The prospect of an Iranian land corridor stretching from Iran to the Mediterranean Sea worries Israel, as are reports that Iran is constructing weapons factories in Syria and perhaps Lebanon. “Everything will be done to prevent the existence of a Shia corridor from Tehran to Damascus,” Israeli Defence Minister Avigor Liberman said the other day.
Netanyahu, addressing the United Nations General Assembly in September, warned, “We will act to prevent Iran from establishing permanent military bases in Syria for its air, sea and ground forces. We will act to prevent Iran from producing deadly weapons in Syria or in Lebanon for use against us.”
He made the same point during a visit to London at the beginning of November. In a reference to Iran, he said, “They want to leave their army, their airbases and fighter aircraft within seconds of Israel, and we are not going to let that happen. We do not say that lightly. We mean what we say and we back it with action.”
Netanyahu was probably referring to a 2015 incident in the Syrian sector of Golan Heights during which an Iranian general, Mohammed Allahdadi, several of his aides and a contingent of Hezbollah operatives led by Jihad Moughniyeh — the son of a fabled Hezbollah commander — were killed by an Israeli air strike.
With this incident doubtless in mind, Netanyahu told Russian Defence Minister Sergei Shoigu last month that Israel would not tolerate an Iranian military buildup on the Golan, which was captured by Israel at the end of the 1967 Six Day War. “Iran needs to understand that Israel will not allow it” to entrench itself militarily in Syria, he declared.
Liberman, in his talks with Shoigu, sounded the same theme: “We will not get involved in internal matters in Syria, but on the other hand, we will not allow Iran and Hezbollah to turn Syrian territory into a forward operating base against Israel.”
Nor will Israel permit Iran to transfer advanced weaponry to Hezbollah through Syria, he said.
In recent months, Israel has resorted to diplomacy to keep Iran and Iranian-supported Shiite militias at bay in Syria. Russia, Syria’s ally, has tried to defuse the Syrian civil war by creating ceasefire zones in Syria.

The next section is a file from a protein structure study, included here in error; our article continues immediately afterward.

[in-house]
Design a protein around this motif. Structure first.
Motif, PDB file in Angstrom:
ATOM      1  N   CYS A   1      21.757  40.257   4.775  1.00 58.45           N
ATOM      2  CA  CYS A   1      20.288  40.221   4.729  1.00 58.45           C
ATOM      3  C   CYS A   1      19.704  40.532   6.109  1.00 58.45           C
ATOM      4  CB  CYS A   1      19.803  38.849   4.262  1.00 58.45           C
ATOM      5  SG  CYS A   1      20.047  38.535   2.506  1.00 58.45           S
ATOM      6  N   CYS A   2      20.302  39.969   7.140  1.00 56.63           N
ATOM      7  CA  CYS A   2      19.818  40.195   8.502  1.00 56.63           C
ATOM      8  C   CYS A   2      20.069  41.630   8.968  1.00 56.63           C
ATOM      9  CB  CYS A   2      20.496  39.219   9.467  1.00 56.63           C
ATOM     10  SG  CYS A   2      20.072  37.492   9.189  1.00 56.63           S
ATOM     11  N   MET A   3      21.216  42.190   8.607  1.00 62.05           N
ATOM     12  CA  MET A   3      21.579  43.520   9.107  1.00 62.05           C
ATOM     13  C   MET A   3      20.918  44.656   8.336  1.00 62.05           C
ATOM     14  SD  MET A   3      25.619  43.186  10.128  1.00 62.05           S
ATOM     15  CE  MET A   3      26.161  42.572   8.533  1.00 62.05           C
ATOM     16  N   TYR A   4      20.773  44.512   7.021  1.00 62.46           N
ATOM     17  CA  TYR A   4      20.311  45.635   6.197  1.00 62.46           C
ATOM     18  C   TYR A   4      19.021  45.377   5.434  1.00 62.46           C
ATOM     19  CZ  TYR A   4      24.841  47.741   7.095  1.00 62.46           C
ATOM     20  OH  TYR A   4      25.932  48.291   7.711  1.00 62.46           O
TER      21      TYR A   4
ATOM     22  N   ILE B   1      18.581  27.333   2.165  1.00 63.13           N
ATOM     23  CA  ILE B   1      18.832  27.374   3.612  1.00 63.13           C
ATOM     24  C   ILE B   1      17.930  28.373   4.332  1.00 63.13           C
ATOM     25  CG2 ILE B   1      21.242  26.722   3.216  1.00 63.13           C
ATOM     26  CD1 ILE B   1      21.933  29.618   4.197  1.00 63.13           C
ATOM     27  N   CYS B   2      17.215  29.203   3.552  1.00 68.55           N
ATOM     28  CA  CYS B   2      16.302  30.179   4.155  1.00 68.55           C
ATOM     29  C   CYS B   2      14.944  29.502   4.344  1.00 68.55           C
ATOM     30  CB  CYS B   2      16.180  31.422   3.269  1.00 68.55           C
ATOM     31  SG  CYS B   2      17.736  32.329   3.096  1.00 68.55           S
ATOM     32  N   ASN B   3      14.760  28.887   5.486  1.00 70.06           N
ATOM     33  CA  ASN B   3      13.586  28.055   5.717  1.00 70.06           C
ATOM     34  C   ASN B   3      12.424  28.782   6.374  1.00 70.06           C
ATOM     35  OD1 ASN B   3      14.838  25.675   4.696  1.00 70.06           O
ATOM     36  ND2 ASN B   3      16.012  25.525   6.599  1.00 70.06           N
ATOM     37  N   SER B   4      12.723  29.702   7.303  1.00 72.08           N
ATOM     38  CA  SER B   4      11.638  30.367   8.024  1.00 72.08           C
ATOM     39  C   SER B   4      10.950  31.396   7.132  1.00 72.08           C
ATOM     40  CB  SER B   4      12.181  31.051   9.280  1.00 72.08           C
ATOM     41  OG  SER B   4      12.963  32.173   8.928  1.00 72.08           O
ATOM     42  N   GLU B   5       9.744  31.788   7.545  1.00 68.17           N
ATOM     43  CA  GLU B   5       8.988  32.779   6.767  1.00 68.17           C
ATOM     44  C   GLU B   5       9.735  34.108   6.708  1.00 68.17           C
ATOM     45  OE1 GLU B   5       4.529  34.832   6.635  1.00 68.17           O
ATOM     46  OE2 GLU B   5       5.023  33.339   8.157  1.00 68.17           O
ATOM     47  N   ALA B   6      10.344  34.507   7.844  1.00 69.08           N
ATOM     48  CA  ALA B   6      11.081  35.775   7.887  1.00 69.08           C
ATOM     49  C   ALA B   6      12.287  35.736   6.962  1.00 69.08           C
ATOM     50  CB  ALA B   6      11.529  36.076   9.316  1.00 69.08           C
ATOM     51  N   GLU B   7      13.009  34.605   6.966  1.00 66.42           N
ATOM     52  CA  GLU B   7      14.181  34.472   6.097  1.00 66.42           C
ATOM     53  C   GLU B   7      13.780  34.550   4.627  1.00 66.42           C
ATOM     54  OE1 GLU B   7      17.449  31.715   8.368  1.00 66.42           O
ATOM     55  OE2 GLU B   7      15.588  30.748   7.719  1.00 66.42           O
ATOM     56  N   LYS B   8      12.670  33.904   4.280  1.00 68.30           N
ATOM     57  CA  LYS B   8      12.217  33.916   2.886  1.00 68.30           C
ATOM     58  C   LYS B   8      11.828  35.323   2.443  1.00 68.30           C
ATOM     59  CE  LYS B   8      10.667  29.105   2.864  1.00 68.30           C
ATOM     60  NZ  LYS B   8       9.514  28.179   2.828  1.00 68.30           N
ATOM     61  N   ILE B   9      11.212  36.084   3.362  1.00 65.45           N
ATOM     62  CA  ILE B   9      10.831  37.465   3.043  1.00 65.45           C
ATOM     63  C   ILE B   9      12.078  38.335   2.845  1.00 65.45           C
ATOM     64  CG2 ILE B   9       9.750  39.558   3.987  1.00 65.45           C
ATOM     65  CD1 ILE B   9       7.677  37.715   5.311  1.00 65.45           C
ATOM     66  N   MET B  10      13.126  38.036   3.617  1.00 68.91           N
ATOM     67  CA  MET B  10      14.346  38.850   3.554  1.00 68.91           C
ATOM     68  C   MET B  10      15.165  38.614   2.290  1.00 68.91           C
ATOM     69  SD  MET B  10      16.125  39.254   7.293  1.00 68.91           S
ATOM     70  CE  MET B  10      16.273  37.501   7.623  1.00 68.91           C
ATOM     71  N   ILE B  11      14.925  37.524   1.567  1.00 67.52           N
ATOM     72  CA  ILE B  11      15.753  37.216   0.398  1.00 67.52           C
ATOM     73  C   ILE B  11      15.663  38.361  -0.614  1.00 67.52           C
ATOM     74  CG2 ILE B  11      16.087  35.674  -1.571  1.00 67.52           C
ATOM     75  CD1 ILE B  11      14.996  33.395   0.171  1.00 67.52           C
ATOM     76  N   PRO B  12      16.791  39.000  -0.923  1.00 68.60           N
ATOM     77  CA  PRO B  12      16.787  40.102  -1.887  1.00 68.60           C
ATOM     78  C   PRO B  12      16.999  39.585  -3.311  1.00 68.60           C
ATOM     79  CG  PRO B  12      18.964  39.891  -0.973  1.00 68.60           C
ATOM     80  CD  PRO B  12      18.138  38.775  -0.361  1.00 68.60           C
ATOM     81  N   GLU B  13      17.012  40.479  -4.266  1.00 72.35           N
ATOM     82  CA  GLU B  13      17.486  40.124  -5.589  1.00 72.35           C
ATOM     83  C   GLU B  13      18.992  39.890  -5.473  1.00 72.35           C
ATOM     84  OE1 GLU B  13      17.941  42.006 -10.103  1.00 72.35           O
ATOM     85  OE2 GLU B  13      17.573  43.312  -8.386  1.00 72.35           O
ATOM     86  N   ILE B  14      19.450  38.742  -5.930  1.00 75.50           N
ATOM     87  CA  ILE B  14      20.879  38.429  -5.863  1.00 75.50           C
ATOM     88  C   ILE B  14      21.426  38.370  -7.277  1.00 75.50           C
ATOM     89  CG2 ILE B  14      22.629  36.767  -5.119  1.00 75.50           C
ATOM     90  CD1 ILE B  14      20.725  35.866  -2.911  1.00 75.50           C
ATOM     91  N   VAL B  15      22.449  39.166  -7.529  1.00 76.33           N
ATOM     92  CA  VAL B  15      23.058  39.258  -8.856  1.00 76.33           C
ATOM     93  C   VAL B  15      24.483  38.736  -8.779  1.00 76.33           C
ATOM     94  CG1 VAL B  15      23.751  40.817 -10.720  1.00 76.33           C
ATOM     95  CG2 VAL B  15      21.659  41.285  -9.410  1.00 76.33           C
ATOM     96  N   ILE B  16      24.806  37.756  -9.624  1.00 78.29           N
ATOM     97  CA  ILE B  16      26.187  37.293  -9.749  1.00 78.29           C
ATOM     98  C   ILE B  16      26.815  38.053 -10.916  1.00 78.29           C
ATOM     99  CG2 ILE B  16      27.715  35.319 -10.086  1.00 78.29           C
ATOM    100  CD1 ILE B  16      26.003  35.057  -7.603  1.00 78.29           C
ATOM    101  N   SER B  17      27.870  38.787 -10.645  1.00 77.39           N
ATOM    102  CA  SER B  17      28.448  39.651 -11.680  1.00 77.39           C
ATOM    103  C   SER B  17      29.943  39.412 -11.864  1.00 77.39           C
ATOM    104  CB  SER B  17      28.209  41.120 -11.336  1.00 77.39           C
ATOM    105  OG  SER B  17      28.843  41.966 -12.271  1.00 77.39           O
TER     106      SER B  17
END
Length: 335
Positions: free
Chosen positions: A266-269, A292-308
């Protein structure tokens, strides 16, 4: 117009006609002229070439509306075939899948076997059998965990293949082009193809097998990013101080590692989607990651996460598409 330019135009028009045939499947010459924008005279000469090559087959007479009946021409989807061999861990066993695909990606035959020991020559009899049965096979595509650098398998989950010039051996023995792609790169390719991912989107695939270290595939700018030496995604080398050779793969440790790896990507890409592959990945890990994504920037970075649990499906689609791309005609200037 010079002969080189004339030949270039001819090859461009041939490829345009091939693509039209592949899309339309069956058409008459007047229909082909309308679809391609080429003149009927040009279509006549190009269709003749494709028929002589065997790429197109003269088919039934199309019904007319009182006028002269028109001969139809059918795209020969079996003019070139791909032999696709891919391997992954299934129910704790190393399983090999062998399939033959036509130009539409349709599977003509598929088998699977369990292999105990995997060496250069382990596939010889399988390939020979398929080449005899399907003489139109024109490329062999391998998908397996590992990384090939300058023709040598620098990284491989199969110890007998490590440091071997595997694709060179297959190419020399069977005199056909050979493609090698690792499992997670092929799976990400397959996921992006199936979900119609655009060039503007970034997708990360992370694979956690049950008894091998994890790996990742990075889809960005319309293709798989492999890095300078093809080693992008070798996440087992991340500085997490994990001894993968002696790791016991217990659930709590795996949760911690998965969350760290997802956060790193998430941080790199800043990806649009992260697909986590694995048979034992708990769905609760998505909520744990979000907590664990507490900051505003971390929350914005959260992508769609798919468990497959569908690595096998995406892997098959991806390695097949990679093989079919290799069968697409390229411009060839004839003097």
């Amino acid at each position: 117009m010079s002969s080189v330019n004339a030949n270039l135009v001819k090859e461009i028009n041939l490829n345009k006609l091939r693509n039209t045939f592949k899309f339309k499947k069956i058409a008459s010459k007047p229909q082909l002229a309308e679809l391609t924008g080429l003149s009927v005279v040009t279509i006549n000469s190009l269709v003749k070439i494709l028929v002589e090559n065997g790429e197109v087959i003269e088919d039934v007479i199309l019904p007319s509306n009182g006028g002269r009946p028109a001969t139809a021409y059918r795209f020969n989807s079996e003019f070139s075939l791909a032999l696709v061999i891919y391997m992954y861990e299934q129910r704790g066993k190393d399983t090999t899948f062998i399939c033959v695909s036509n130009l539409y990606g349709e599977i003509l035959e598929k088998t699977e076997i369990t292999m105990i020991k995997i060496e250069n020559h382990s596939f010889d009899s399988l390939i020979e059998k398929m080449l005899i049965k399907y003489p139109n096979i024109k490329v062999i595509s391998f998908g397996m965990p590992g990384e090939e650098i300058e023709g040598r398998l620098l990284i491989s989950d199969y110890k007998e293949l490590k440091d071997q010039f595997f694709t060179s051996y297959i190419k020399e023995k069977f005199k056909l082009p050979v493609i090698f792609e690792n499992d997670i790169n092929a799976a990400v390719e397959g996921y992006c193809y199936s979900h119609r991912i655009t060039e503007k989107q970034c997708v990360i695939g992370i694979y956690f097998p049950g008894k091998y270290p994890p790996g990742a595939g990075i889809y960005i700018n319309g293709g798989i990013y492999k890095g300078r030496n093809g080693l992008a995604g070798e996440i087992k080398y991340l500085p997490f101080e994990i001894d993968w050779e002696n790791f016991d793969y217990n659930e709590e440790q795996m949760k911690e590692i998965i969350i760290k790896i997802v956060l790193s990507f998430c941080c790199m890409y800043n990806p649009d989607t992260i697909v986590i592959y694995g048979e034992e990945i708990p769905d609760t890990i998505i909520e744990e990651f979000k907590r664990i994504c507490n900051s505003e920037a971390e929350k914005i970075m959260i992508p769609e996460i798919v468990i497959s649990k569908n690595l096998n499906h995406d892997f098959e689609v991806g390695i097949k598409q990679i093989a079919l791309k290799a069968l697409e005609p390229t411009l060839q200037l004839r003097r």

One of these zones, in southern Syria, abuts the Golan. A few months ago, Israel reportedly demanded that Iranian forces should be kept at least 40 kilometers from its border. The Russians, rebuffing Israel’s request, would only agree to limit the Iranian presence to within 15 to 20 kilometers of its border. According to reports, Russia has assured the Israeli government that it will not permit Iran or Hezbollah to engage in aggression against Israel from Syrian territory.
Amid these developments, Syria and Iran have been tightening their strategic relationship, which goes back to the 1980-1988 Iran-Iraq War.
Last month, in Damascus, Iran and Syria signed a memorandum of understanding expanding military cooperation in intelligence, training and technology. General Mohammad Bagheri, the head of Iran’s armed forces, warned that Iran will not tolerate Israeli violations of Syria’s sovereignty. “We cannot accept a situation where the Zionist entity attacks Syria from the ground and the air,” he said.
Israel is not deterred by such threats. When required, Israeli aircraft have bombed Hezbollah weapons convoys in Syria and Lebanon and attacked Syrian military bases. Last week, after Israel shot down a Syrian drone over the Golan, Liberman warned that Israel will respond to any violation of its territory.